New Research Suggests Vitamin B3 May Help Protect Skin
Topical uses of vitamin B3, also known as niacinamide, is extremely popular in skincare. With benefits like helping to decrease hyperpigmentation, diminish fine lines, and manage acne, the ingredient can be helpful for a myriad of skin concerns. But new research, which was presented at the 29th European Academy of Dermatology and Venereology (EADV) Congress this weekend, found that this powerful vitamin may also help with another area of concern, ultraviolet (UV) exposure, through non-topical uses.
“Our study indicates that increasing the consumption of vitamin B3, which is readily available in the daily diet, will protect the skin from some of the effects of UV exposure,” says Lara Camillo, a researcher who worked on the project, “However, the protective effect of vitamin B3 is short-acting, so it should be consumed no later than 24 to 48 hours before sun exposure.”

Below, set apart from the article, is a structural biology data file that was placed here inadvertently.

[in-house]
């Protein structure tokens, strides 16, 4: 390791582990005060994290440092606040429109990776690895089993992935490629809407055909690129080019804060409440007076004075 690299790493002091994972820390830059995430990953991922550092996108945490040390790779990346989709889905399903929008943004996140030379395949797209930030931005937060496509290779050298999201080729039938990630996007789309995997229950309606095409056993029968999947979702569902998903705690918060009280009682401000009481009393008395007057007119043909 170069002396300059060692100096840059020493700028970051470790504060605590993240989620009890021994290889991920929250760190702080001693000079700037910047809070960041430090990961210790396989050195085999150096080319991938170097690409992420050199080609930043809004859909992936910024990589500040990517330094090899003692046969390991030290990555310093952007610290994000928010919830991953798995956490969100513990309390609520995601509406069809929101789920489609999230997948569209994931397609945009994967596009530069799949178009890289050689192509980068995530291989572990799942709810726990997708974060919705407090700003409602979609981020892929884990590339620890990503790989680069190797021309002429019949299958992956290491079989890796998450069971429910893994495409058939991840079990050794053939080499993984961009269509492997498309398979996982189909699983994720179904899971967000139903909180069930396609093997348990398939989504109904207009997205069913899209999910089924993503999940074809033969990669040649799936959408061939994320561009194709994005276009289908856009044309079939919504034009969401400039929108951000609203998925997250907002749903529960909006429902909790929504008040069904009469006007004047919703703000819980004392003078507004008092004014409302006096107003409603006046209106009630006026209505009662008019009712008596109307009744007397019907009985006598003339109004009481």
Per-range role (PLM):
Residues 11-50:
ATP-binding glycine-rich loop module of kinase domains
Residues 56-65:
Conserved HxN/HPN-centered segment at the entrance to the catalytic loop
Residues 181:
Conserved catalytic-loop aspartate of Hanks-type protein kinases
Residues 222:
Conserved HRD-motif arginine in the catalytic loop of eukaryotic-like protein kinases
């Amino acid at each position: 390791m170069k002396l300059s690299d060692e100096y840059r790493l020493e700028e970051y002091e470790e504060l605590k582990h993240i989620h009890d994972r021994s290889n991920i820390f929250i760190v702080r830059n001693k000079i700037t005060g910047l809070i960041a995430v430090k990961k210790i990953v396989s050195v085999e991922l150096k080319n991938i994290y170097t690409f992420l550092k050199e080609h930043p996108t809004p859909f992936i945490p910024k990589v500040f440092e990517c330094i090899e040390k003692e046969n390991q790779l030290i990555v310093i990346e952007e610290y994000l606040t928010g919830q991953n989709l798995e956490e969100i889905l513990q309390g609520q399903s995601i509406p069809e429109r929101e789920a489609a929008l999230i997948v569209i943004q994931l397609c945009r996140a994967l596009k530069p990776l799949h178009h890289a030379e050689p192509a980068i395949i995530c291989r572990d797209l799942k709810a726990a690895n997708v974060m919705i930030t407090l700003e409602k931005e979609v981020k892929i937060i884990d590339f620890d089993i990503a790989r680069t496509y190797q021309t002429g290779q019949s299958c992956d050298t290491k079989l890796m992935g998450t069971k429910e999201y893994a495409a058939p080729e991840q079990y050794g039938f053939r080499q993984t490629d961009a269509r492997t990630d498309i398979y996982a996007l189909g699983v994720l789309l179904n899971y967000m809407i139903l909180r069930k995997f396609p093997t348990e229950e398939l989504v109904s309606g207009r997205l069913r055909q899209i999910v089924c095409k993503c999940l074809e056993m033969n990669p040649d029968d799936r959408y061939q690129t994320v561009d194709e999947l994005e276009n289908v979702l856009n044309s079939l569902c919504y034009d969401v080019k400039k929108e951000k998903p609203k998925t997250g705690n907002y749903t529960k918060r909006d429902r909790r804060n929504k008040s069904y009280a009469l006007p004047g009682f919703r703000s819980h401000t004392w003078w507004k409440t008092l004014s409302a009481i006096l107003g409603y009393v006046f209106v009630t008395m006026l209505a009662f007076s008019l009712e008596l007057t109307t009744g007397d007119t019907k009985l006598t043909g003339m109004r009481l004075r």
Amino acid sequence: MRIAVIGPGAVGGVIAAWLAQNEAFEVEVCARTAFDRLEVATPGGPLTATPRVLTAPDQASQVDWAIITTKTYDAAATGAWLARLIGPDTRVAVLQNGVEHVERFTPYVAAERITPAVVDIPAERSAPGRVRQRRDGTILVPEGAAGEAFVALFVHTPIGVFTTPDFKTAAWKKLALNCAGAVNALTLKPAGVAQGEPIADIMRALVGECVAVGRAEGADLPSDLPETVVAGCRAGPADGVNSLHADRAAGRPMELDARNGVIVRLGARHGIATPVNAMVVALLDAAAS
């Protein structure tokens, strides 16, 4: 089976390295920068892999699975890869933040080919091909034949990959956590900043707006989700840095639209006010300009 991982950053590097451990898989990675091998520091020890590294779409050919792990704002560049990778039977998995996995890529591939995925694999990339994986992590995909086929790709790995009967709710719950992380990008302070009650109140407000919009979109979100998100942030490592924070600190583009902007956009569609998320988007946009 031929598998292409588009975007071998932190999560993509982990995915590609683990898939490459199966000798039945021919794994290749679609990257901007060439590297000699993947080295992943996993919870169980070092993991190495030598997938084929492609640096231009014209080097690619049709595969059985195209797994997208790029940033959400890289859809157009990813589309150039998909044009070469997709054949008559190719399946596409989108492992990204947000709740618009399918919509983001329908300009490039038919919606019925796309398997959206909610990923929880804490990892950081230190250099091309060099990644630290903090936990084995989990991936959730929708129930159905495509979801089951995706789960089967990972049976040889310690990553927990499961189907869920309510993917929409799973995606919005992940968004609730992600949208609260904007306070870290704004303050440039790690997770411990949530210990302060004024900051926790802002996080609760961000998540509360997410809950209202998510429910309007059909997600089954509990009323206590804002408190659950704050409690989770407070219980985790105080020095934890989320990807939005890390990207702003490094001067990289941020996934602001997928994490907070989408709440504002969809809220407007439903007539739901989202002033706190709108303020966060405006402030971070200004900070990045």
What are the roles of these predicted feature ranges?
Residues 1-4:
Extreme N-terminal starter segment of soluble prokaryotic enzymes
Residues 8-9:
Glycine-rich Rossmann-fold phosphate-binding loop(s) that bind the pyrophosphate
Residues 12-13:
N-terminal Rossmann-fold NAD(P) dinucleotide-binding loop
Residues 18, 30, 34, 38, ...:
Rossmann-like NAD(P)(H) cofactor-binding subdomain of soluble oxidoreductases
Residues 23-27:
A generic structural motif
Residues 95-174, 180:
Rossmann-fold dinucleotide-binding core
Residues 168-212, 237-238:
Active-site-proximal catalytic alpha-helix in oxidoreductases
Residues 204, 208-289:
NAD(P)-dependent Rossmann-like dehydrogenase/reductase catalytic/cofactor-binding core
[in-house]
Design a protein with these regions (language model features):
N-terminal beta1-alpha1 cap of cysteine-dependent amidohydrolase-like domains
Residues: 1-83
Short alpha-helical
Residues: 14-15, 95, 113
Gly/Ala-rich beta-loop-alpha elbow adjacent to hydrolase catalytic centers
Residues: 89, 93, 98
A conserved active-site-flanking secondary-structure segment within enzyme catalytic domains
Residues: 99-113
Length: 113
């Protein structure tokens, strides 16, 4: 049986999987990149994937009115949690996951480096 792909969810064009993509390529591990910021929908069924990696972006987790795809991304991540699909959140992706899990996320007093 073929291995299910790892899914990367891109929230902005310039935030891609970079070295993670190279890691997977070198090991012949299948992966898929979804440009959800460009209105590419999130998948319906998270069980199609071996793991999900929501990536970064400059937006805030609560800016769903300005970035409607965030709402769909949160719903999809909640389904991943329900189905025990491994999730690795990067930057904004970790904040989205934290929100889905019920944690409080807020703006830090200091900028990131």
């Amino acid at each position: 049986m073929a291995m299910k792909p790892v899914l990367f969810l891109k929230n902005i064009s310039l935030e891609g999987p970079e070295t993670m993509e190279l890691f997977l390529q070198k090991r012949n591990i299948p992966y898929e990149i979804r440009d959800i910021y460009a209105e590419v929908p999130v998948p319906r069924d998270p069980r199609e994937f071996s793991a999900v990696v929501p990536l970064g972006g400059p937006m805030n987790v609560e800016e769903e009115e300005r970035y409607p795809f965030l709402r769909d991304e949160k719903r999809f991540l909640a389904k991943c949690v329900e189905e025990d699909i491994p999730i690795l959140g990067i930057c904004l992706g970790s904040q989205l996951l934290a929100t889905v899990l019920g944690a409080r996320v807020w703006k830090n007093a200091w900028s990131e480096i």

In order to test the efficacy of vitamin B3 consumption for protecting skin cells, the researchers treated individual cells with nicotinamide, a form of B3. They then introduced those cells to UV exposure, and saw that the vitamins helped protect the cells from oxidative stress.
As mentioned by Camillo, one of the best things about this new knowledge is how easy it is to integrate sources of vitamin B3 into your diet. Though they mention that consuming it within a day or two of before your sunny plans, it may be worth just considering working these foods into your diet on a regular basis—after all, we wear our SPF every day even if we don’t plan a jaunt into the sunshine, right?